HealthCare Policy Roundup 05-04-09

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GREAT article in the LA Times explaining the balance billing issue in California and how the California Supreme Court’s decision to outlaw balance billing will have on emergency medical care. Previous post I wrote about the topic is here. Two great quotes:
“ER docs are everybody’s hero — until we send a bill.”
“California has decided that the insurance man is more important to the patient than the doctor.”
Ya reap what ya sow.

This article in Yahoo News notes that the Sussex Health Center ED in Canada was closed for two nights when the ED physician in Sussex was sent to St. John Regional Hospital to cover a staff shortage. St. John is a Level 1 trauma center needing 22 emergency physicians, but only 9 positions are filled.
The New Brunswick Health Minister is trying to avoid “issues” that prevent vacant emergency physician positions at St. John Regional Hospital from being filled. Apparently money is available, but still no one wants to work there.
Still think health care is a “right”? How should the Canadian government enforce the “right” to health care for Canadian citizens when no doctors choose to provide that “right”?

An editorial in the Pennsylvania Patriot-News written by an emergency physician uses the number of defendants in Pennsylvania medical malpractice cases to debunk Pennsylvania Governor Ed Rendell’s assertions that the Pennsylvania malpractice lawsuit crisis is over. Almost 40 Pennsylvania hospitals/maternity units/medical facilities have closed in 10 years. This physician attributes “shotgun” lawsuits – where plaintiff attorneys file lawsuits against any medical provider involved with a patient’s care – as a driver behind the continued crisis.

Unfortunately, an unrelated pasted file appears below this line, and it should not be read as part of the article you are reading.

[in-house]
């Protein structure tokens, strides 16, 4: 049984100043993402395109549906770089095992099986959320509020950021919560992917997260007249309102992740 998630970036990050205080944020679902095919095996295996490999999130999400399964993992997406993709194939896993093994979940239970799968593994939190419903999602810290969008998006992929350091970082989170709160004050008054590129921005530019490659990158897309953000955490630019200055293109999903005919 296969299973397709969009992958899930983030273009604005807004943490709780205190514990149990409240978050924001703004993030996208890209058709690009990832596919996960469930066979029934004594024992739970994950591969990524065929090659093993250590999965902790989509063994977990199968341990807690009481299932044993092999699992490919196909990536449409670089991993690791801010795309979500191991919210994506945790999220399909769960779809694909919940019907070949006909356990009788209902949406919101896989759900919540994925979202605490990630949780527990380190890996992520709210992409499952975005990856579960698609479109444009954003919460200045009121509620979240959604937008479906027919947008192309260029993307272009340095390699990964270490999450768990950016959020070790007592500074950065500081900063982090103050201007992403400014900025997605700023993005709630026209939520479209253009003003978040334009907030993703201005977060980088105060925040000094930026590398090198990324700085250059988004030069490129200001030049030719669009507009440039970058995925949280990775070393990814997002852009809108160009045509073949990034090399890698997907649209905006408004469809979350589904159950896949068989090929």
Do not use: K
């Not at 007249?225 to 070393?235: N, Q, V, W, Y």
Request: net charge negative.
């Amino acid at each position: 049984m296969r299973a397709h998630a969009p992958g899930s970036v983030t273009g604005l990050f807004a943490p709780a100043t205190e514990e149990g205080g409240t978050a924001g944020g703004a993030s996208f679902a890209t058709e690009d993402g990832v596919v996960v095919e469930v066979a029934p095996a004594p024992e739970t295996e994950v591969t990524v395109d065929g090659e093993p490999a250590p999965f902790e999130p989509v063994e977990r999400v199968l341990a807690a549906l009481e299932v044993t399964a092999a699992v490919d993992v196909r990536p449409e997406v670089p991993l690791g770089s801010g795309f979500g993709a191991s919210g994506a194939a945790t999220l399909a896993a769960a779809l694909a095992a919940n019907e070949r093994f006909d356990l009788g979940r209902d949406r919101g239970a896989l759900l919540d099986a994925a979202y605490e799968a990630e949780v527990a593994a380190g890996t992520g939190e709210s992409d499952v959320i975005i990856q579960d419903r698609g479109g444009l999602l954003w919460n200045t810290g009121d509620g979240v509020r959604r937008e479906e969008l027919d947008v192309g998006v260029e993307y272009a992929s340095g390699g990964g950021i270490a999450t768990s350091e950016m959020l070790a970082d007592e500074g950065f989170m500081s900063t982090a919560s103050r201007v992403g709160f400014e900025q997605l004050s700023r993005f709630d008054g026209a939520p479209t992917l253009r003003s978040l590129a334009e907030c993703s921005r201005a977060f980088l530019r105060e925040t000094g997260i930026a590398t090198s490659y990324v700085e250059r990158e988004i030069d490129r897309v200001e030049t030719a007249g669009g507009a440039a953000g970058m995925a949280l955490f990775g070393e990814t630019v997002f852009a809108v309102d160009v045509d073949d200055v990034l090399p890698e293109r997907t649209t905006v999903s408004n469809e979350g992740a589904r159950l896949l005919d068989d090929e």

Galveston’s UTMB Hospital campus having difficulty re-opening its emergency department, stating that doing so involves “more than meets the eye.” See previous post I wrote here. A Texas Faculty Association blog entry questions whether UTMB’s delay in re0pening the emergency department is financially motivated. A commenter stated that the hospital is now “in the black” and making “more profit than ever before.” Another commenter noted how the Urgent Care Clinic has “24/7 CT scans, ultrasound and MRI” and routinely works up “surgical emergencies like appendicitis or head/cspine trauma.” A commenter on the post calls the UTMB’s actions “morally repugnant.”
Goes back to the question – why should hospitals be required to foot the bill for unfunded care any more than grocery stores, hotels, restaurants, or attorneys should be required to foot the bill for patrons who have no money? Times are a-changin’.

Drunk driver in pickup truck crashes into Bismarck, ND emergency department. Damage estimated at $100,000. Nurse making coffee thought noise from crash was her “blowing up the microwave.”
At least they didn’t have to transport the driver very far for treatment.

Legislation that would lift Nevada’s $350,000 malpractice lawsuit damage cap in cases of “gross negligence” has passed State Assembly and is heading to State Senate.
When a couple of Nevada doctors allegedly cause hundreds of cases of Hepatitis C in patients by re-using syringes and single dose vials of medication, one can see the impetus for the legislation.
Others call the legislation the “Drive doctors out of Nevada” bill.

A look at emergency medical care in Jakarta, India and a commenter that warns not to emulate the system in the United States.

1 Comment

  1. Lisa Kilburn on

    Jakarta is in Indonesia not India. Different political structure, different governments, and presumably different health care system.

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